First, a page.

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Mastering Hip-Hop for Radio

What an industry Hip-Hop has created! More and more awesome Hip-Hop has been coming out, and I love mastering it. I don't see much end in sight for such a creative and open-ended genre of beats, synths, color, crime, sex, drugs, hope, religion, music, and generally a huge audience of underground listeners who many won't even admit it. You've seen the opening sequence to the movie Office Space? Yeah, many times I feel like Michael Bolton, too frightened I'm too white to be caught enjoying such a genre. That said, it comes with great pleasure that I may have made some headway in that the masters I produce for Hip-Hop artists are killer and the artists, labels, and even mix engineers are thrilled. Now I want to document something I've discovered which is a known problem to many in the industry, but maybe perhaps not widely addressed.

Photo by Olanma Etigwe-uwa from Pexels


What is it that makes Hip-Hop so engaging and compelling? The beats, for sure, the lyrics, certainly, the artists' background and drama that surrounds them. All that. But it exudes another facet that I believe makes it successful and to stand out: Synths and samples--and even, noises and blurts by alternate voices which give yet another twist, such as "BRRRR" with the roll of the tongue. You've heard it, no? It's made popular in newer Hip-Hop almost like the beats themselves. I believe it's called "Birdman". However you spin it, the birdcall is yet another catchy vibrancy to the modern world of Hip-Hop. And it needs to be HEARD!


Here's my problem. While the genre is bumpin' and has so much life to it, one realm where it nearly gets destroyed, having the power and bite sucked out of it like a little dog's squishy toy is radio airplay. I can't stress enough how insanely frustrating it is that many Hip-Hop stations haven't gotten the hint that listeners will turn up the volume if the song "hits hard!" Instead, some stations leave those old-school garbage limiters engaged in the hopes to keep the signal loud enough to be "competitive". Well, let me explain that we've learned so much about streaming master targets, loudness wars, and dynamics that we're finally able to work around those "dumb" limiters.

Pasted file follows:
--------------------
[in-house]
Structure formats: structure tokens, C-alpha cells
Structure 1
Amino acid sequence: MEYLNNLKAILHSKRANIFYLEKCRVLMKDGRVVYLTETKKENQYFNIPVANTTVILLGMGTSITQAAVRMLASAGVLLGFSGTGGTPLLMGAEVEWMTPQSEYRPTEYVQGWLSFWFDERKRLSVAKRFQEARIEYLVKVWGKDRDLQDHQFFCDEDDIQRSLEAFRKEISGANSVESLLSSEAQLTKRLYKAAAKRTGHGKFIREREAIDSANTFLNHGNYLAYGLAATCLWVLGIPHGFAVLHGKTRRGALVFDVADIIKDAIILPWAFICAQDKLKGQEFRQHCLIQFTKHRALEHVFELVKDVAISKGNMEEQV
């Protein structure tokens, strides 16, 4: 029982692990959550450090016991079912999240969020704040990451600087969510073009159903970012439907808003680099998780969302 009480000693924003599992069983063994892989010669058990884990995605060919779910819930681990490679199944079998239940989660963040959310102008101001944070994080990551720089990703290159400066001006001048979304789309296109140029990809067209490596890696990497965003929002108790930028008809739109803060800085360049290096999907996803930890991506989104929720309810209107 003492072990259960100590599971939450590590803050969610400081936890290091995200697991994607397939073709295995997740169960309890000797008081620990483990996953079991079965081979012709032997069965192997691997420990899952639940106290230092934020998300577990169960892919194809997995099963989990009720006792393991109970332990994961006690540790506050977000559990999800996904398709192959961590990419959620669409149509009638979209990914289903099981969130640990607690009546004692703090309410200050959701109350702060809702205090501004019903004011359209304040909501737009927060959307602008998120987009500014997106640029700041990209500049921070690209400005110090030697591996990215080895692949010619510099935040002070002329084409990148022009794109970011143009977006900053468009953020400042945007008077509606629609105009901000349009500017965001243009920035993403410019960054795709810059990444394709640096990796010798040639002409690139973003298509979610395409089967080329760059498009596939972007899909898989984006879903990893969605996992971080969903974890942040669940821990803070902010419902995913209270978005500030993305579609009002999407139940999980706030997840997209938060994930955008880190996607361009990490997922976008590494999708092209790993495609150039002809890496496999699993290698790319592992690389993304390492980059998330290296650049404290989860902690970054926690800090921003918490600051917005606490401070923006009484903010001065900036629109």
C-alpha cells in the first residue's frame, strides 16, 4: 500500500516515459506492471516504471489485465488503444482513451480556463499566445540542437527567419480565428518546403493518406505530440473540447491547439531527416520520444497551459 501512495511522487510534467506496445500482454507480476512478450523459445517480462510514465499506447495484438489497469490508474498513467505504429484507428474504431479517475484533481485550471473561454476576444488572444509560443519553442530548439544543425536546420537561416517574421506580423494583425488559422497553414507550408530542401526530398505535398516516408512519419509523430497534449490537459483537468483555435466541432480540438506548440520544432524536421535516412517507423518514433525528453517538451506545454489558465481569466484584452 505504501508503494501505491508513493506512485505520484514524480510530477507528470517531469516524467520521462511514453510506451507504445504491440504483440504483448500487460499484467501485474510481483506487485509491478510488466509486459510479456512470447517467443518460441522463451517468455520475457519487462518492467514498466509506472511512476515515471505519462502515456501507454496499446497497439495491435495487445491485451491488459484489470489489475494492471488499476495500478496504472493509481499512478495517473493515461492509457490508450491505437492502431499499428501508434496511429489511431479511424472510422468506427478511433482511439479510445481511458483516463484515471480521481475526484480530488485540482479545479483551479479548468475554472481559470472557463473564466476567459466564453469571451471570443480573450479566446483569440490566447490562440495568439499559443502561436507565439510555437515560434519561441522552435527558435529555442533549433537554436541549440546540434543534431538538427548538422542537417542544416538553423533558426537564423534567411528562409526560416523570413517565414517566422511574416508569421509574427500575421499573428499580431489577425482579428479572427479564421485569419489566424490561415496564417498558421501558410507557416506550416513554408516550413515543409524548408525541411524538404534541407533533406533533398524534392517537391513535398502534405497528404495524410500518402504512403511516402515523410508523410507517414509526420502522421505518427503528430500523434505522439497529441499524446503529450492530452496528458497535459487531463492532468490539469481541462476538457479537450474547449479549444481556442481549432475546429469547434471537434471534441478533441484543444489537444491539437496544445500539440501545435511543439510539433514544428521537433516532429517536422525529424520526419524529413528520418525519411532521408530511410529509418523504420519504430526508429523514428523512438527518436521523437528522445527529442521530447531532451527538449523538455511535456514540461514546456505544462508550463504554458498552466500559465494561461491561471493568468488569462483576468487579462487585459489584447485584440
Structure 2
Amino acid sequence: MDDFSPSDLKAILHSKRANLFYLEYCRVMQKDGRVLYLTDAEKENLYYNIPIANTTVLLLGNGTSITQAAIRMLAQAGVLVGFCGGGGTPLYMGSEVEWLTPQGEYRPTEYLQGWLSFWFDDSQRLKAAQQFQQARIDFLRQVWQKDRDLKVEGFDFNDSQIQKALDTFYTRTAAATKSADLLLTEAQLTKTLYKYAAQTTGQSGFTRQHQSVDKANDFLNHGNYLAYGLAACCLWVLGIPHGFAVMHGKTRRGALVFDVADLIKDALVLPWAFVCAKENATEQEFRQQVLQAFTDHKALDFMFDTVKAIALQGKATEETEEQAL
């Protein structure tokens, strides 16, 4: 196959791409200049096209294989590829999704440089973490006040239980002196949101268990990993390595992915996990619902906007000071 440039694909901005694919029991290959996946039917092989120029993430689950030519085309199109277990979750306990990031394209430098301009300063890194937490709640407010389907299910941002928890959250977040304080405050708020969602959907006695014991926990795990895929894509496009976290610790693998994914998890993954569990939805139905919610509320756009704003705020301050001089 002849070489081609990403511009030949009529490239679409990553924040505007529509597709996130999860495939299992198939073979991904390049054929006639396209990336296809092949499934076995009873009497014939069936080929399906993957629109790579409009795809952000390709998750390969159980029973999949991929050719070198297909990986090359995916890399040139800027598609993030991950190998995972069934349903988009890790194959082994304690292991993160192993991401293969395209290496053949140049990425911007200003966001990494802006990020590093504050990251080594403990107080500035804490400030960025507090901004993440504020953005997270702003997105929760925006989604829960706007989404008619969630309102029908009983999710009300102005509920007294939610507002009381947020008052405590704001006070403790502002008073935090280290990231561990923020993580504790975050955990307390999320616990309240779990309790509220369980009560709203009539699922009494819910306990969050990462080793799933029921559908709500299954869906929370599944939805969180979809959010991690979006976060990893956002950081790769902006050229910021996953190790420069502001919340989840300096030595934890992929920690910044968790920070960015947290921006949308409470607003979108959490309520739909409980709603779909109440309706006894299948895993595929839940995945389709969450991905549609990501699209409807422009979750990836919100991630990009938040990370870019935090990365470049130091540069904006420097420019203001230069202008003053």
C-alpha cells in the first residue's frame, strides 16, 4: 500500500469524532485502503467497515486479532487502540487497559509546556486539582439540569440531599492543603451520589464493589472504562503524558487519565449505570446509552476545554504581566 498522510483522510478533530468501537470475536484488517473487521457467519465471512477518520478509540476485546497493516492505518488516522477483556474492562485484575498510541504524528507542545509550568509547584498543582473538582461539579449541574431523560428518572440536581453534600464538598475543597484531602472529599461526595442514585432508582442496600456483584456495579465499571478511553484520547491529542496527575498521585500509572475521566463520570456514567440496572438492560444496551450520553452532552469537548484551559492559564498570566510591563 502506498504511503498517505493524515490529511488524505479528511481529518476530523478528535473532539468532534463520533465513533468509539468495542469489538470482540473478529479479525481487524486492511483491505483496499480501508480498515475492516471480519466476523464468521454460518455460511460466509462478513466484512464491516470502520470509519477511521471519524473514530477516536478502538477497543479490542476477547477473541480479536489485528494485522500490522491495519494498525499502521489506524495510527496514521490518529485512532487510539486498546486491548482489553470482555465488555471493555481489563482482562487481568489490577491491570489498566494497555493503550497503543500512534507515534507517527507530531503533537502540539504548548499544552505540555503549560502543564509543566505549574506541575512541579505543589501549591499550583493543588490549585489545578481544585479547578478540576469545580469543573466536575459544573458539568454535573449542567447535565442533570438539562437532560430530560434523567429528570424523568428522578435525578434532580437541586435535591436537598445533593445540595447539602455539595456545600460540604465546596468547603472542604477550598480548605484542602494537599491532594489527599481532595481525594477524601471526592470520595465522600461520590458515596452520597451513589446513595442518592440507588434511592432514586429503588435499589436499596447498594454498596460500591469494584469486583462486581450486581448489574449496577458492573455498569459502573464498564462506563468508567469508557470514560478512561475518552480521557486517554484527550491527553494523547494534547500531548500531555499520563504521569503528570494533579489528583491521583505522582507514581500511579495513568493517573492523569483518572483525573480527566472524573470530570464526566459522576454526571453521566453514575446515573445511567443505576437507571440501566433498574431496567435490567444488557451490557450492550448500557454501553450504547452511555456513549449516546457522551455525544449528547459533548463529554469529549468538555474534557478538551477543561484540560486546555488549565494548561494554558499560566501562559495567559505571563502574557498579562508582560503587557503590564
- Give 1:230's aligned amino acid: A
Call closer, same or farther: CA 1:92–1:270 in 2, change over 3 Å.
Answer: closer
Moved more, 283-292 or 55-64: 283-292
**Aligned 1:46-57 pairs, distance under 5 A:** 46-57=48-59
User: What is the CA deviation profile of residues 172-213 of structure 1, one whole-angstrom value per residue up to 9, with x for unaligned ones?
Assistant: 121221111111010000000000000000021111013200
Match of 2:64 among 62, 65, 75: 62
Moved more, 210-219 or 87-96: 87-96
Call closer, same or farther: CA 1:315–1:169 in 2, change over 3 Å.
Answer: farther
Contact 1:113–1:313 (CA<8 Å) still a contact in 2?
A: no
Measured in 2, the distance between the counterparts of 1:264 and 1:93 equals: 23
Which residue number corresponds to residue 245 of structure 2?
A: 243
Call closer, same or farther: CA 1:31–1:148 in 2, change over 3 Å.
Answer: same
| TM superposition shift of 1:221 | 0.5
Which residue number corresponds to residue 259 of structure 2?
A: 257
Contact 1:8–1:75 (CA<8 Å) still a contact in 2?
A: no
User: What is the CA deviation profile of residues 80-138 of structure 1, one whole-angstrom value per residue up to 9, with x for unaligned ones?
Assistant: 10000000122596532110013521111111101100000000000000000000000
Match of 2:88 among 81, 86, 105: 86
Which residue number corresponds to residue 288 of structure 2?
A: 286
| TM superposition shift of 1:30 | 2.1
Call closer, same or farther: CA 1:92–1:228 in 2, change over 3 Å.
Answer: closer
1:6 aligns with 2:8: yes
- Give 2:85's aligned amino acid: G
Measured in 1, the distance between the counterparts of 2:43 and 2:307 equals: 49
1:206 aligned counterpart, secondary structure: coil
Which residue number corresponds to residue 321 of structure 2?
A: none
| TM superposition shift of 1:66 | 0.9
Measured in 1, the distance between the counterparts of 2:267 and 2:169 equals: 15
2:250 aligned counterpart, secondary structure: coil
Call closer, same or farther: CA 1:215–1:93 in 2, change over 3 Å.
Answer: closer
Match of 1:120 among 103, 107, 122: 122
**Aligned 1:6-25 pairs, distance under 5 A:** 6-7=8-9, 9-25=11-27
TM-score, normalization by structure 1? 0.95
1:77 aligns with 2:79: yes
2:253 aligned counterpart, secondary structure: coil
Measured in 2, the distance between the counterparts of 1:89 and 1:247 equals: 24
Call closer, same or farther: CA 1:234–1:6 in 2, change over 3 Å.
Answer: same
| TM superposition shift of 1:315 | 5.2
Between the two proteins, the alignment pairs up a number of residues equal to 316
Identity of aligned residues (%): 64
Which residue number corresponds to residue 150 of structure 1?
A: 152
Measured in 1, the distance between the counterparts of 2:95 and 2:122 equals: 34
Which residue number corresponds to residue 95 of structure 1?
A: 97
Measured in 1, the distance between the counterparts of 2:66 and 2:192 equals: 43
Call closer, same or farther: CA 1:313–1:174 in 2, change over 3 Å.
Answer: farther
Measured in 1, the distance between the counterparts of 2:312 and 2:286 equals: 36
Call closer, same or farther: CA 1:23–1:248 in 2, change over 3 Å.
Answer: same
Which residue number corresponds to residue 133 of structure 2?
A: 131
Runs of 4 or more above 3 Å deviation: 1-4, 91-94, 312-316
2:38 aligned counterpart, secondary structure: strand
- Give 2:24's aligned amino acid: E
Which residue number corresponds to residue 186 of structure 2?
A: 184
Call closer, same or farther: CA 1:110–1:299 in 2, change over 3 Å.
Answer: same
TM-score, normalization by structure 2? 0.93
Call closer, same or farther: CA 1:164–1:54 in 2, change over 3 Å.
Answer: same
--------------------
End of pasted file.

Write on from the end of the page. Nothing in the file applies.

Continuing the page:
You know the limiters I'm referring to? The ones that, when you're hearing a minute-long intro buildup of a great Hip-Hop tune, including a massive crescendo, rising and rising, getting your ears ready for a massive BOOM of the first beat, and then.....the whole volume/level of the song drops to near inaudibility, only slowly to recover in time for the next BOOM! As soon as a beat hits, the vocals, synths, drums, and everything else takes a half-second backseat to the BOOM that just happened. This is what I dub....


The Hip-Hop Radio Problem


For anyone who's listened to Hip-Hop on the radio for any real length of time, it doesn't take more than maybe a few minutes tuned into one of the bad stations to hear this criminal act against a great mix. BOOM, and the music's life is sucked out for half a second before you can really enjoy the song, then BOOM and the cycle repeats. It's like the radio station's limiters are set with too slow of a release time, and audible "pumping" is the effect. Mix engineers know what I mean. Awful, awful, awful, and even some Grammy-winning artists like Drake lose their hit songs to these abandoned limiters.


I use the term "abandoned limiters" lovingly, because they were born in a time when they actually had usefulness you couldn't argue against. They did make radio signals louder and more musical, but this was in an era of what's now Classic Rock, Vintage Rock, and Motown. They really don't have a useful place so much these days. They only serve to cause problems with modern dynamic and bumping transient material. They've been just left in the closet, alone in the dark to do what they've been set to do for more than 30 years--even survived station format changes from Pop to Country to Hip-Hop. They did their jobs well in the 80's, but today, they need to be taken down a notch.